USA Today published a story, “Pre-diabetes, diabetes rates fuel national health crisis.”
But the story fails to note one word of caution or skepticism about the definition of pre-diabetes. Just two months ago, Victor Montori of the Mayo Clinic and John Yudkin of University College London wrote in The BMJ, “The epidemic of pre-diabetes: the medicine and the politics.” And it wouldn’t require much effort to find much more evidence of the controversy over pre-diabetes.
How could this happen?
The USA Today story uses an American Diabetes Association spokesman as a key source. He is quoted saying:
“We’ve proven (pre-diabetes) is an intervention time,” said Matthew Petersen, the association’s managing director of medical information and professional engagement. “It’s a call to action.”
The BMJ analysis – part of a series called “Too Much Medicine” that looks at “the risks and harms to patients of expanding definitions of disease and increasing use of new diagnostic technologies” – criticizes American Diabetes Association classification of pre-diabetes. Excerpt:
“Aldous Huxley wrote that “Medical science has made such tremendous progress that there is hardly a healthy human left.” Changes to the American Diabetes Association (ADA) guidance on the diagnosis of pre-diabetes in 2010 make this statement even more true. If implemented globally the guidance could create a potential epidemic, with over half of Chinese adults, for example, having pre-diabetes, a national burden of around 493 million people.”
By not including an independent perspective – or any acknowledgement about the ongoing debate over classification of pre-diabetes – the USA Today story was woefully incomplete.
There’s an entirely different tone in the news story than in The BMJ article.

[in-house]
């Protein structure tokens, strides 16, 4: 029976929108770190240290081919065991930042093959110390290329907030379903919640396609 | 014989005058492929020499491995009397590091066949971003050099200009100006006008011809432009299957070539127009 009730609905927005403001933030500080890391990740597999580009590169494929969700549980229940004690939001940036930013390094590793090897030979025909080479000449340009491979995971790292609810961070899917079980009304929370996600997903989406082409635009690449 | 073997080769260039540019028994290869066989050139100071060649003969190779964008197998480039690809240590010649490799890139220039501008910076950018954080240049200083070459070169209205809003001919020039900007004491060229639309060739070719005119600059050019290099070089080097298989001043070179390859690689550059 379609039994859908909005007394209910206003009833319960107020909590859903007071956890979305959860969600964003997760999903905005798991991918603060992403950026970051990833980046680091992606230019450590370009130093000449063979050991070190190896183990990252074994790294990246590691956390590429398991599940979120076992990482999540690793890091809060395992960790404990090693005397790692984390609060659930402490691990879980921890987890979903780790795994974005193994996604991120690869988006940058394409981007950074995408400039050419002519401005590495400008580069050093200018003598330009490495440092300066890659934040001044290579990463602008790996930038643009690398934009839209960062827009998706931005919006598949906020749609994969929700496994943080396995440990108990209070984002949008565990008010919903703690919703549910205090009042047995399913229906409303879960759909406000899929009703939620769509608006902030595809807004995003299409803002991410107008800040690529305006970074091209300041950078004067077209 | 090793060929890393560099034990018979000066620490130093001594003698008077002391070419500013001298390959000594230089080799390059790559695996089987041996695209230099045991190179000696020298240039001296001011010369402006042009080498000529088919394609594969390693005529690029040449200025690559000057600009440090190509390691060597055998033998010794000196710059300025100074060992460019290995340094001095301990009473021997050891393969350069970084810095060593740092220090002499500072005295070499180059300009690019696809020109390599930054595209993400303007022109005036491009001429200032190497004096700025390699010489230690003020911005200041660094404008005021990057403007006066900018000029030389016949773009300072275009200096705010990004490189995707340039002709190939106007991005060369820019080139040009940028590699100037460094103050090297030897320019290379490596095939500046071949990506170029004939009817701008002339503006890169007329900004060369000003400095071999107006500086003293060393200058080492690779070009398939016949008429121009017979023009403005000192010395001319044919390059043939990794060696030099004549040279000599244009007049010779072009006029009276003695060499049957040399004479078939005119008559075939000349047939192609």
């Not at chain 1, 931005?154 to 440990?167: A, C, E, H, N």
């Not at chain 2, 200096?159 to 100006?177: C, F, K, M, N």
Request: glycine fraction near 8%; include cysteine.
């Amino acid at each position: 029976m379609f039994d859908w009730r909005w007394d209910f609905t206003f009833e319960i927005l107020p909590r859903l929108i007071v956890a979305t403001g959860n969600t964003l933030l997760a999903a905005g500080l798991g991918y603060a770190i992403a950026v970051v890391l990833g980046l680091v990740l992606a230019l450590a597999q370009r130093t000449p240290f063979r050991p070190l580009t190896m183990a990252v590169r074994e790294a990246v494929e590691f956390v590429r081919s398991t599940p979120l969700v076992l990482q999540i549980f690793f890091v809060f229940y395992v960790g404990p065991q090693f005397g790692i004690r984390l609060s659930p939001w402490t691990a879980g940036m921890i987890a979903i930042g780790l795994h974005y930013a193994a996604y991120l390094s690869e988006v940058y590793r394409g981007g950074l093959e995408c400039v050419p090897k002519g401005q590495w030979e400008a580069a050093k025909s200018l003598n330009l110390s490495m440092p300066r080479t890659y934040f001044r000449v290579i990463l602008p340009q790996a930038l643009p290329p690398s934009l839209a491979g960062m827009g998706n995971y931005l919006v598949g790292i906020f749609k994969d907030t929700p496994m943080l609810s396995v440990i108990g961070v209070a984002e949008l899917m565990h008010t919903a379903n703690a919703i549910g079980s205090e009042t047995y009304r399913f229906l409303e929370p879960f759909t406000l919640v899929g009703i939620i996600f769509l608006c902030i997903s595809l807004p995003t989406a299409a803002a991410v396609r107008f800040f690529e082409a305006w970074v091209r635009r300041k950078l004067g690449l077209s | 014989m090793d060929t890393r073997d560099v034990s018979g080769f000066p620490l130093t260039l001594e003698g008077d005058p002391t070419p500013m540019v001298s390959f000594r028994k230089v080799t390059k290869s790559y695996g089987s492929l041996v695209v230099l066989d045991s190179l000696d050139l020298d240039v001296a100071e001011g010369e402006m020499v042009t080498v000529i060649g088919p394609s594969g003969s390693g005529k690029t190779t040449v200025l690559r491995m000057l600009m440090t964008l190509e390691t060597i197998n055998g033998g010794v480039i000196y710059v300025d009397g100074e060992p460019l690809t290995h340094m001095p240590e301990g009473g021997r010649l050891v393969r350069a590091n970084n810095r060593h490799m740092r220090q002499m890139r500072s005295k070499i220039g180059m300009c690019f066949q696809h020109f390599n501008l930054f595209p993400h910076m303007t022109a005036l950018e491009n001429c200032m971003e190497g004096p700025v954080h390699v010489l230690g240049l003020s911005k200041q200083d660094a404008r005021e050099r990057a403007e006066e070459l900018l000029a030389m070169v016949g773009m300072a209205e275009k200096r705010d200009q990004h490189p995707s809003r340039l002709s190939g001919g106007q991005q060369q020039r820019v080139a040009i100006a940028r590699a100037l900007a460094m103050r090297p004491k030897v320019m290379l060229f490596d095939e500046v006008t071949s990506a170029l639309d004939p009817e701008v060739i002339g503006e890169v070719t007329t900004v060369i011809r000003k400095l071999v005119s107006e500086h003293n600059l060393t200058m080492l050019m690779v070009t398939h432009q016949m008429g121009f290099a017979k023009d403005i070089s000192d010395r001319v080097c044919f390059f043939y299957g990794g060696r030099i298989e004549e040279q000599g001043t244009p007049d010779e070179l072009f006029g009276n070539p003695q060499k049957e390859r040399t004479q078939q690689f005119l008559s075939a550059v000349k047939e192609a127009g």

The USA Today story states: “Doctors and experts coined the name pre-diabetes in the late 1990s, replacing less worrisome terms such as “borderline diabetes” that didn’t convey the seriousness of the condition….As pre-diabetes rises, experts are pushing for greater awareness and screening.” So the story conveys a message that more worry should be generated.
But the expert analysis in The BMJ advises doctors to tell patients: “A diagnosis of pre-diabetes does not mean that you will develop diabetes. In fact, of 100 people like you, fewer than 50 are likely to develop diabetes in the next 10 years.” And it has an entire section on “Harms and risks of overdiagnosis.” Excerpt of that section:
“There is a hazard in creating a pre-disease associated with a disease such as type 2 diabetes, which is itself little more than a risk factor. The biochemical diagnosis of type 2 diabetes is based on a surrogate endpoint. The downsides of being diagnosed with diabetes include the need for medical care and treatment, with its costs and risks, challenges with insurance and employment, anxiety about future complications, and self image. Pre-diabetes could be defined as a risk factor for developing a risk factor. With this label comes much of the same baggage as for diabetes, without evidence of long term benefit.”
We hope that USA Today – and readers – can see what a difference independent perspectives and a broader literature search can make in the framing of a story.
Either the journalists involved knew about the controversies and chose not to acknowledge them, or they were unaware of the controversies. Either is bad – and easily fixed.
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